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6 Signs of Type 2 Diabetes You Should Never Ignore, Even If You Aren’t Diabetic

People with Type 2 diabetes may have no apparent symptoms for years, but as the illness progresses early symptoms appear, it occurs when the pancreas doesn’t produce enough insulin, it is commonly diagnosed in adults over 40 years. However, more children are now diagnosed, possibly due to the rise in obesity in infancy. There is no cure for type 2 diabetes, but weight loss, diet, and exercise will help with disease control.

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When you do not have enough nutrition and exercise to regulate your blood sugar properly which is the main condition of this specific type of diabetes, you may need insulin therapy or other medications, and before you reach that stage,

Do Not Ignore These 6 early symptoms which we’ll be going to through next, that individuals should pay attention to and act upon them.

Symptoms usually appear gradually, the first 4 signs are so common that the majority of people ignore them

1. Feeling Very Tired

Type 2 diabetes can make someone feel tired, this exhaustion can happen when the pancreas produces too little insulin, or the body cannot use it correctly because there is no glucose, (Glucose is the primary energy source in the cells), with high levels of blood sugar.

it often induces, immune suppression and a general feeling of exhaustion, this overall distress from other symptoms, coupled with exhausting effects of excess glucose from the body would suck up a great deal of energy.

2. Frequent Urination

Excess glucose in the blood prompts the kidneys to respond by eliminating it through urine. The high production of urine leads to a frequent urge to urinate and poses a high risk of urinary tract infections. Type 2 diabetic patients can contract urinary tract infections twice as much as people who don’t have the illness. Diabetic women risk getting urinary tract infections than men.

If you need to pee regularly maybe a couple of times every night, and you tend to produce more urine, pay attention to such behavior, and contact your physician for Type 2 diabetes diagnosis.

3. Increased Thirst

More glucose in the blood produces a snowball effect of all kinds on the body. High blood sugar results in increased urine production and urination, often the excess sugar needs to be removed from the blood.

you will lose lots of body fluids and become dehydrated. As a result, your mouth becomes dry, and you feel thirstier. You might have the disease if you’re drinking more water than average, or your mouth often feels dry, and you get thirsty more often.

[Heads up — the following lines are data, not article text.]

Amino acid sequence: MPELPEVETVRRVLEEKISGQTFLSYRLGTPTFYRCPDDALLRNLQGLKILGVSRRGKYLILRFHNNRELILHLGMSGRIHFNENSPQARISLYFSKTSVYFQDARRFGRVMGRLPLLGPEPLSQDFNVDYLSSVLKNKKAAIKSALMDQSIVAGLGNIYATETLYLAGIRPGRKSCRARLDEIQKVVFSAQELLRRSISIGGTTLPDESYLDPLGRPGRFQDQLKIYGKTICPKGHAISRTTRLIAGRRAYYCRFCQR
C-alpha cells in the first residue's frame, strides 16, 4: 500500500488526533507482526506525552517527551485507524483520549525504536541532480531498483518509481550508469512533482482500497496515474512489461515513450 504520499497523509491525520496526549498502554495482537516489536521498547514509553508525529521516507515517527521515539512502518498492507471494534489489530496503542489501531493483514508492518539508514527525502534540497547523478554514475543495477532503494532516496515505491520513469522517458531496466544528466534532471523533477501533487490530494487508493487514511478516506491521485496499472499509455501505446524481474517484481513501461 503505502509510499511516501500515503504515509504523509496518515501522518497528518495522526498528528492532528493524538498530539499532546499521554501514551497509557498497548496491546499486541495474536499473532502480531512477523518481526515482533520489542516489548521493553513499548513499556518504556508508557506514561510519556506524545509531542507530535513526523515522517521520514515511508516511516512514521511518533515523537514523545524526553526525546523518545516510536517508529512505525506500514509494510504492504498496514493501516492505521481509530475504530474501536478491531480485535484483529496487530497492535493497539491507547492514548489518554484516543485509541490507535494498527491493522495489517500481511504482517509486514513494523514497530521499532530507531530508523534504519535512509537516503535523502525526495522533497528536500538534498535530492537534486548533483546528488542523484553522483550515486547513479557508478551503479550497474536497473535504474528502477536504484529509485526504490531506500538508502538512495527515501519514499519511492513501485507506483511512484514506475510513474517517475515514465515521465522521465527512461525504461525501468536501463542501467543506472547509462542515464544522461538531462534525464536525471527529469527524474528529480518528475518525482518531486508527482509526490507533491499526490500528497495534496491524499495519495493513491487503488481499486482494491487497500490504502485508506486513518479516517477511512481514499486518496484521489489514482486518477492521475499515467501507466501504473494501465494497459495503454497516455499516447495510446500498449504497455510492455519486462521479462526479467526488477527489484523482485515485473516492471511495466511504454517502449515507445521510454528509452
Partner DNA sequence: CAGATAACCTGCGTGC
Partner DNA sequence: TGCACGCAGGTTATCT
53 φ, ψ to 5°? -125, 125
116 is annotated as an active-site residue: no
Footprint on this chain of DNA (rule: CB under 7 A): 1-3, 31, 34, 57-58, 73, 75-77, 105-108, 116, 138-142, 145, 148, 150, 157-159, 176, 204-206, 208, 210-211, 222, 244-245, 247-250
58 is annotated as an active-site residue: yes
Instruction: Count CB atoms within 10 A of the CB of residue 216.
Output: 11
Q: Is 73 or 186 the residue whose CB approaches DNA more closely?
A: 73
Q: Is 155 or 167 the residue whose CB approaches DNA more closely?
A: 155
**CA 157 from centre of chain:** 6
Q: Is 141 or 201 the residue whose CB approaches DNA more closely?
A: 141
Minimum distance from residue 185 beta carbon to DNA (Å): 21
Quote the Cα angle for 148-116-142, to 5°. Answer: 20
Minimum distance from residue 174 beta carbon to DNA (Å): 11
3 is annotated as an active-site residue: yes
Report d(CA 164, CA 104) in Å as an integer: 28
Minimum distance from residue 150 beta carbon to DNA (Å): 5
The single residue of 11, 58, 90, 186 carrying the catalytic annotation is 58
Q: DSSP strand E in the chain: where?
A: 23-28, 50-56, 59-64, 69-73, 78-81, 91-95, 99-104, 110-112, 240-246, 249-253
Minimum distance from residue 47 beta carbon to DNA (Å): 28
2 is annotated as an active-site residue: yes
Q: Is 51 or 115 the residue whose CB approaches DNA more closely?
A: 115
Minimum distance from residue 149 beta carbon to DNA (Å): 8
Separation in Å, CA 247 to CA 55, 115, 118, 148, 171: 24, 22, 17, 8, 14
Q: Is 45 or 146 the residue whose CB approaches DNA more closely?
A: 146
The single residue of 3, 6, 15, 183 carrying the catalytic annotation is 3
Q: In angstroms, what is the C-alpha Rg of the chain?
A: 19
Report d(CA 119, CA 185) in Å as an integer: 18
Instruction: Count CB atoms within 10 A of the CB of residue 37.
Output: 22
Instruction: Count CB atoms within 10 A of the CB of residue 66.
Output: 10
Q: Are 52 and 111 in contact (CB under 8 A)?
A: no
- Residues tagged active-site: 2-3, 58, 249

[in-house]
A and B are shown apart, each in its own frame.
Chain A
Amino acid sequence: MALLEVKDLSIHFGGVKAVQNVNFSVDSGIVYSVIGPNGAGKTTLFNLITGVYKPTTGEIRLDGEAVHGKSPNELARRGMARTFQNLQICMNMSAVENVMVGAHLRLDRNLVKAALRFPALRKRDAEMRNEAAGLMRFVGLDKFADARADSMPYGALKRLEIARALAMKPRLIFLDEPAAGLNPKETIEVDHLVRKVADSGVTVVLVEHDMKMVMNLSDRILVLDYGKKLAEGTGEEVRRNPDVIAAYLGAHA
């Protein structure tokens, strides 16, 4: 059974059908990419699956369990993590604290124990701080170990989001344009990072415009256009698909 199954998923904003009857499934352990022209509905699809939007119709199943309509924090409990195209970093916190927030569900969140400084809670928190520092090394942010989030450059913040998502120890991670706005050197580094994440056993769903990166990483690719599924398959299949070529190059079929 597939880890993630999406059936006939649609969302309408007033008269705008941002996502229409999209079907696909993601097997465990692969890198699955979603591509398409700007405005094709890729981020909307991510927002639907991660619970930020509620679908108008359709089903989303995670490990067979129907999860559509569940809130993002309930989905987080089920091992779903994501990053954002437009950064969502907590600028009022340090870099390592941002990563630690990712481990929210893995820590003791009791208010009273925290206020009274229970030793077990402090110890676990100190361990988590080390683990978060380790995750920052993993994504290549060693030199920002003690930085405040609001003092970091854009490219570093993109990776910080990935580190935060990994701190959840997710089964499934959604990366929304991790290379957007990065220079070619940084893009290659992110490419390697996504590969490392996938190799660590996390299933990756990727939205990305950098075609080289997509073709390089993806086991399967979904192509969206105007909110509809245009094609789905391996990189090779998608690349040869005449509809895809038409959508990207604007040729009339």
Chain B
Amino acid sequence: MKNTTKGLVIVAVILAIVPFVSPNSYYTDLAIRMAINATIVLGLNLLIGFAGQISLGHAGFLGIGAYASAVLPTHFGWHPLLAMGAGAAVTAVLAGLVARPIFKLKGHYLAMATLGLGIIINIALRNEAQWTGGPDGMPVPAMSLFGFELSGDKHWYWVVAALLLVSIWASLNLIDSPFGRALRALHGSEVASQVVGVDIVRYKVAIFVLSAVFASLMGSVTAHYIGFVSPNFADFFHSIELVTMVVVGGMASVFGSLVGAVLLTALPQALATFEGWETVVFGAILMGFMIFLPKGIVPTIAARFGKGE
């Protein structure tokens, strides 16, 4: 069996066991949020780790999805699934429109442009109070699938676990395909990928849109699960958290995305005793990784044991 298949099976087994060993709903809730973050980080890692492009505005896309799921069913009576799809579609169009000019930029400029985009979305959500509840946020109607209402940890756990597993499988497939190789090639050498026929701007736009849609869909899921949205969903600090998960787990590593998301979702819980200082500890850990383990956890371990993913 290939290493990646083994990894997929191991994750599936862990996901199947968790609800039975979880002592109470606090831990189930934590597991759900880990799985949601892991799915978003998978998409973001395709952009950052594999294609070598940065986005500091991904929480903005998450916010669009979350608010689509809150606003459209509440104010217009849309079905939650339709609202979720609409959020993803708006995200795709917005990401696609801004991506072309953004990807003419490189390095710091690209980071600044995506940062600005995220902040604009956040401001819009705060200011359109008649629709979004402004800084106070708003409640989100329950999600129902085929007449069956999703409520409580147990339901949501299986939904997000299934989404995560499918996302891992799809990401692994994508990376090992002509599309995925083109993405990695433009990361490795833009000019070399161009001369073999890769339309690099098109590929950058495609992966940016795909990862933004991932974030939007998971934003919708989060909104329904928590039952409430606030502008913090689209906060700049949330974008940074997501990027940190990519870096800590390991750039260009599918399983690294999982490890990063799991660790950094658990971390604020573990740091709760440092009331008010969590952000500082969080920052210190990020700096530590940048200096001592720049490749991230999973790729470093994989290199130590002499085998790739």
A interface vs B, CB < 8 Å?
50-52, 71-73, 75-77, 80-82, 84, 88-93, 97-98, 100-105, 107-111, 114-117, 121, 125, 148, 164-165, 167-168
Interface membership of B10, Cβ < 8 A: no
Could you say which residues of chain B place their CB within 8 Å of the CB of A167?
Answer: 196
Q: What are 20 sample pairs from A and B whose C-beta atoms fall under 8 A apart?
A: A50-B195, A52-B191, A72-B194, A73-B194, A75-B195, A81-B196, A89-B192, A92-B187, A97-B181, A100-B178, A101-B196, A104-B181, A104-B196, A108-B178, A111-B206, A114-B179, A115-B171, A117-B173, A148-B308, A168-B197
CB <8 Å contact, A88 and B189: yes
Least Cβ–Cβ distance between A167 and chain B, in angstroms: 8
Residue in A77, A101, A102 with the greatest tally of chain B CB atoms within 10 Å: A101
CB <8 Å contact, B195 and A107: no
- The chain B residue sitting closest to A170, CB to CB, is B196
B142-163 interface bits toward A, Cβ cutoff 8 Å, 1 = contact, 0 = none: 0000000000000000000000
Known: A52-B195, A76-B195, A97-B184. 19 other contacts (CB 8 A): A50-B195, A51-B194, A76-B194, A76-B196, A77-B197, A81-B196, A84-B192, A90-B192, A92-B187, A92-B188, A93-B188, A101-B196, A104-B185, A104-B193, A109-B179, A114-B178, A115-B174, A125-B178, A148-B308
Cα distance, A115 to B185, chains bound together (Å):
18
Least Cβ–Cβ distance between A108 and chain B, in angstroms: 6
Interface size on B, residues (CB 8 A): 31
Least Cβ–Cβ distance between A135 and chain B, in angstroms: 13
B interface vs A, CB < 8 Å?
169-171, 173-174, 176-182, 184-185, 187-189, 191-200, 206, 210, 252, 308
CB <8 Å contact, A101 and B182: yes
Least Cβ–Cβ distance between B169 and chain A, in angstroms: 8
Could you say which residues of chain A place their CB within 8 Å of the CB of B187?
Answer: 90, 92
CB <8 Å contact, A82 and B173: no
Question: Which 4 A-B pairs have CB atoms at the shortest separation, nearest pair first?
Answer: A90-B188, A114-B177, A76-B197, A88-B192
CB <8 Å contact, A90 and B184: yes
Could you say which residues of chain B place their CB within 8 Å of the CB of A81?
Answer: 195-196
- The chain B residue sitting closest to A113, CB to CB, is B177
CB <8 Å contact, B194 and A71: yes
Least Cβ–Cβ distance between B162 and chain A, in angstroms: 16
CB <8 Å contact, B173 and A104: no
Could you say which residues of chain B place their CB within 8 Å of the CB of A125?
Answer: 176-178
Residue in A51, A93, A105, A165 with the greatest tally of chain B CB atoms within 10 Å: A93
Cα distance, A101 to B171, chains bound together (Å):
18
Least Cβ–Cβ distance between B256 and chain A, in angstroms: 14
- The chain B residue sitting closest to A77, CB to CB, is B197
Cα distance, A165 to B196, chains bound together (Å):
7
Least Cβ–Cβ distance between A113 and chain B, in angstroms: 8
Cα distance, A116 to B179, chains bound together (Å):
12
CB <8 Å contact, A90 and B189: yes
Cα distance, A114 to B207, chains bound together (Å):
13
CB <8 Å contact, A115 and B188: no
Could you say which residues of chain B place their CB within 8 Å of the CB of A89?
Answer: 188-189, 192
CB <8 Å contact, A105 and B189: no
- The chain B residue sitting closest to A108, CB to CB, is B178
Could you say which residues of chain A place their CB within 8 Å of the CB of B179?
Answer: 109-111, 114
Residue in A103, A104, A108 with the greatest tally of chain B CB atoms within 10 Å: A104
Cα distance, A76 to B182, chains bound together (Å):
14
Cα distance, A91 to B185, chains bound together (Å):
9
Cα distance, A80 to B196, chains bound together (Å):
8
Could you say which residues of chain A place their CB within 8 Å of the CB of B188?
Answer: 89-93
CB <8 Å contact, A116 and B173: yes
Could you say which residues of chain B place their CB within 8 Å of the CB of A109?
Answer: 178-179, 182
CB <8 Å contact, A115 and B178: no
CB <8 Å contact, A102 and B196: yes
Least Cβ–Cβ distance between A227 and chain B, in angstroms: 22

4. Slow Healing of Wounds

High blood sugar levels may cause nerve and blood vessel damage which may affect the circulation of the blood. Blood vessel damage from excessive glucose in the veins contributes to limited blood flow.

Such restricted flow may reduce healing time for abrasions, bruises, wounds, skin rash, and inflammations. This slow rate of healing is due to the lack of blood circulation in the limbs in type 2 diabetics. Higher blood sugars provide the bacteria with an excellent environment to grow. The risk of infection may also be enhanced by slow wound healing.

5. Pain in the Hands and Feet, or Numbness

if you have type 2 diabetes or if you are developing early symptoms of type 2 Diabetes, Prolonged high blood sugar level will harm the whole individual’s nerve system, and may cause a disease that is called neuropathy, some people may not have any injury signs, while others may experience extreme stiffness or pain.

Experts claim that neuropathy starts typically in the feet and goes up. It is common in people who have had diabetes for 25 years or more but can also occur in people with pre-diabetes. approximately half of the mysterious peripheral neuropathy is due to diabetes or pre-diabetes.

6. Blurry Vision

Excess blood sugar may cause blurry vision and damage small blood vessels in the eye, the lens’s ability to bend will be altered in a high-sugar environment, like unregulated type 2 diabetes.

The eye’s muscles will work harder to focus, even if the lens is not damaged. This blurred vision may come and go and can happen to a single eye or both eyes. If you are diabetic, you may have severe blood vessel damage, which can cause permanent vision loss.